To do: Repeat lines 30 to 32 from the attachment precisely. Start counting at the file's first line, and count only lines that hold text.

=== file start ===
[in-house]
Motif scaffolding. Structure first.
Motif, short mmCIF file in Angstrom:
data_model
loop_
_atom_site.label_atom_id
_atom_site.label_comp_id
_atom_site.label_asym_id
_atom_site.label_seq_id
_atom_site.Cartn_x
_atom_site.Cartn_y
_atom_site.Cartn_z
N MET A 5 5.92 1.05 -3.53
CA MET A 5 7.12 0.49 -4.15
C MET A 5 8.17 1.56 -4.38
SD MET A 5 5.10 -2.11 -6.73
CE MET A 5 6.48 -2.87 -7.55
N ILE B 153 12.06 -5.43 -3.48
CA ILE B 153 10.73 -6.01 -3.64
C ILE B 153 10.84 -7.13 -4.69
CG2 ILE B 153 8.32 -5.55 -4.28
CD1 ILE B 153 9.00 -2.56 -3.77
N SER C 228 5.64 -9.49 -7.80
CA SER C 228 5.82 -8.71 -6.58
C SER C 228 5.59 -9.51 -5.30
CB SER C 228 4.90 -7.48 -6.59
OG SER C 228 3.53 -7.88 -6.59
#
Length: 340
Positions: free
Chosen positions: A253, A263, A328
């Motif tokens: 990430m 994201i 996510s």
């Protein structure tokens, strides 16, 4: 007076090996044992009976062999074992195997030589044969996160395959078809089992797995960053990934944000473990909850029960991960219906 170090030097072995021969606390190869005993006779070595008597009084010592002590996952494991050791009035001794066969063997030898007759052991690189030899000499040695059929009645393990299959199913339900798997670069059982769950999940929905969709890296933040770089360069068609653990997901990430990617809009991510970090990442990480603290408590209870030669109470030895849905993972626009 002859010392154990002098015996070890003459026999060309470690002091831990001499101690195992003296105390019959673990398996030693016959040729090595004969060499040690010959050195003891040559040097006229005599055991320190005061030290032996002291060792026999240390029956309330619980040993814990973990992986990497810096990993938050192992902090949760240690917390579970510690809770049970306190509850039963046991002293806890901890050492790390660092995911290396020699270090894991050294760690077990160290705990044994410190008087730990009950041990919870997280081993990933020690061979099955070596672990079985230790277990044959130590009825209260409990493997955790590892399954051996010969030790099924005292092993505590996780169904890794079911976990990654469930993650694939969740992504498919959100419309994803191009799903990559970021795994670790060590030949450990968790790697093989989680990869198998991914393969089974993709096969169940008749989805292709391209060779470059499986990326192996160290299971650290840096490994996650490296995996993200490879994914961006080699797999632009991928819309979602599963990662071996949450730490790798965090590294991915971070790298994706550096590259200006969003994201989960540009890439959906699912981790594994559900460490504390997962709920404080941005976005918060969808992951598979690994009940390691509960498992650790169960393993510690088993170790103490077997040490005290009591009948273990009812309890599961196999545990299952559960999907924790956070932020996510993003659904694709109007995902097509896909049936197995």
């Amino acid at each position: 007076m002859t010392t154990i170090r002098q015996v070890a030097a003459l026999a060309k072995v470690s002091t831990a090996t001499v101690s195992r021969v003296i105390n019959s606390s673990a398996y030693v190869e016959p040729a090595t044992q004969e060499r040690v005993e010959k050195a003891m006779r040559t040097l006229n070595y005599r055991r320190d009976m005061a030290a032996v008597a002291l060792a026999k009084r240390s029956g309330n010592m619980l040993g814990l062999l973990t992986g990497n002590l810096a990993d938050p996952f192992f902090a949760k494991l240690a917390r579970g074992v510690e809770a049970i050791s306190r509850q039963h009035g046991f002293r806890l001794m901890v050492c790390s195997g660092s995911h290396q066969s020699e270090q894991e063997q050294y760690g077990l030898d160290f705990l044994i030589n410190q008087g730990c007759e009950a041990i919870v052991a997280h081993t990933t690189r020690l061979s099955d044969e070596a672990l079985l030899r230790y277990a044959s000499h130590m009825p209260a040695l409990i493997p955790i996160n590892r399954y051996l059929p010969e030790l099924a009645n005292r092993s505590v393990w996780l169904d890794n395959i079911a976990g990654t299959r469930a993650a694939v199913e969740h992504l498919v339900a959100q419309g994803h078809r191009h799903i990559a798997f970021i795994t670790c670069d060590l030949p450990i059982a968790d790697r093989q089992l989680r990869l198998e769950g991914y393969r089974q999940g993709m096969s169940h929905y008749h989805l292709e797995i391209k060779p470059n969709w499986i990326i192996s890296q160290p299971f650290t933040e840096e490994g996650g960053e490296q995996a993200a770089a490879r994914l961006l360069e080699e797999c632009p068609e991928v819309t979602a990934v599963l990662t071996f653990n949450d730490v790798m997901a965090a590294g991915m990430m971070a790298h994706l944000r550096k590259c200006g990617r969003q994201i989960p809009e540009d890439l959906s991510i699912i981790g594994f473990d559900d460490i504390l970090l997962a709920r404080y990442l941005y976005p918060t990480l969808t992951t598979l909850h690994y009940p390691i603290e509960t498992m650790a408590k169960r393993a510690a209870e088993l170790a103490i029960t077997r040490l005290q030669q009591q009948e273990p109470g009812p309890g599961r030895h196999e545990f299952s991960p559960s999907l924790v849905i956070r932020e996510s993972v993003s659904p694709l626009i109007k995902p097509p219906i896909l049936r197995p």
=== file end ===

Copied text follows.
Positions: free
Chosen positions: A253, A263, A328
């Motif tokens: 990430m 994201i 996510s």